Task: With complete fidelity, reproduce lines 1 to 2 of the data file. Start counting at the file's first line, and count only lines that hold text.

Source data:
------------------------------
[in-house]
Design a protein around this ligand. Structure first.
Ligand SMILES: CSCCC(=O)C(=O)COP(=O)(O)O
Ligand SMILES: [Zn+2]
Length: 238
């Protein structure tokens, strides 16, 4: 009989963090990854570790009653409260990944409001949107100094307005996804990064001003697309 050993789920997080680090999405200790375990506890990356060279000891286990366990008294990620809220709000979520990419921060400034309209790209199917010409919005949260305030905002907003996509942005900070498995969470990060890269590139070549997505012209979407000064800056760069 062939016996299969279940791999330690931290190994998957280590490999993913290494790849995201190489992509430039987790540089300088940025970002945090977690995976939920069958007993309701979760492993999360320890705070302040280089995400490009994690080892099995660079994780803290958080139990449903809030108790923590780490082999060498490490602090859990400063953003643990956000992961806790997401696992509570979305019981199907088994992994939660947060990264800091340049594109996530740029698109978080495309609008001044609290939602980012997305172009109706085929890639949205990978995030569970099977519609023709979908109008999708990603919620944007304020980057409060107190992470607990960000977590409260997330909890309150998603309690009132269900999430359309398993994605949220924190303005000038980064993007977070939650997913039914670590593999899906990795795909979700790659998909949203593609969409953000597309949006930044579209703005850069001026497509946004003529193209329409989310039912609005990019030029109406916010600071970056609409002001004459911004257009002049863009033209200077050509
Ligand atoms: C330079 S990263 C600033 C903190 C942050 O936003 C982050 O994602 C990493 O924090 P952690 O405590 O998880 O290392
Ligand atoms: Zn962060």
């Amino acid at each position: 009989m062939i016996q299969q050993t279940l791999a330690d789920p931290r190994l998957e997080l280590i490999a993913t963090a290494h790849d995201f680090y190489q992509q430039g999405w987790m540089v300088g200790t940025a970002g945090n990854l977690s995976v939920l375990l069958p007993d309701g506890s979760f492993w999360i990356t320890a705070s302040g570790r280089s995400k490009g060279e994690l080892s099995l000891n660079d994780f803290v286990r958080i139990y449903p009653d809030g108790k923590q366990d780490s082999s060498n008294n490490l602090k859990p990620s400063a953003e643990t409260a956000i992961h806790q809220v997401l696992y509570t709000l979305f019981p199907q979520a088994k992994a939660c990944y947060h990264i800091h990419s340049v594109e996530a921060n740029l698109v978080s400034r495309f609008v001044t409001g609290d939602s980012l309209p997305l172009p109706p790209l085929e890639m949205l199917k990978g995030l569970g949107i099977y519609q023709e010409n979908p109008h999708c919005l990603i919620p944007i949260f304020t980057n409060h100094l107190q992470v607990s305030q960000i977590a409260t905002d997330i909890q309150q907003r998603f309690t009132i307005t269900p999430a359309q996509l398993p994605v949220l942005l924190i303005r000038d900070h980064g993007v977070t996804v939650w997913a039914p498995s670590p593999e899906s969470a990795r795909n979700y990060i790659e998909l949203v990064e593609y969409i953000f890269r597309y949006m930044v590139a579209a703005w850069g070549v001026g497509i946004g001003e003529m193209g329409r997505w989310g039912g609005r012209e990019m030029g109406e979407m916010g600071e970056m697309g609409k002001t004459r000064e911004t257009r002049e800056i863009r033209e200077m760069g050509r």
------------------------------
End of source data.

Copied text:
[in-house]
Design a protein around this ligand. Structure first.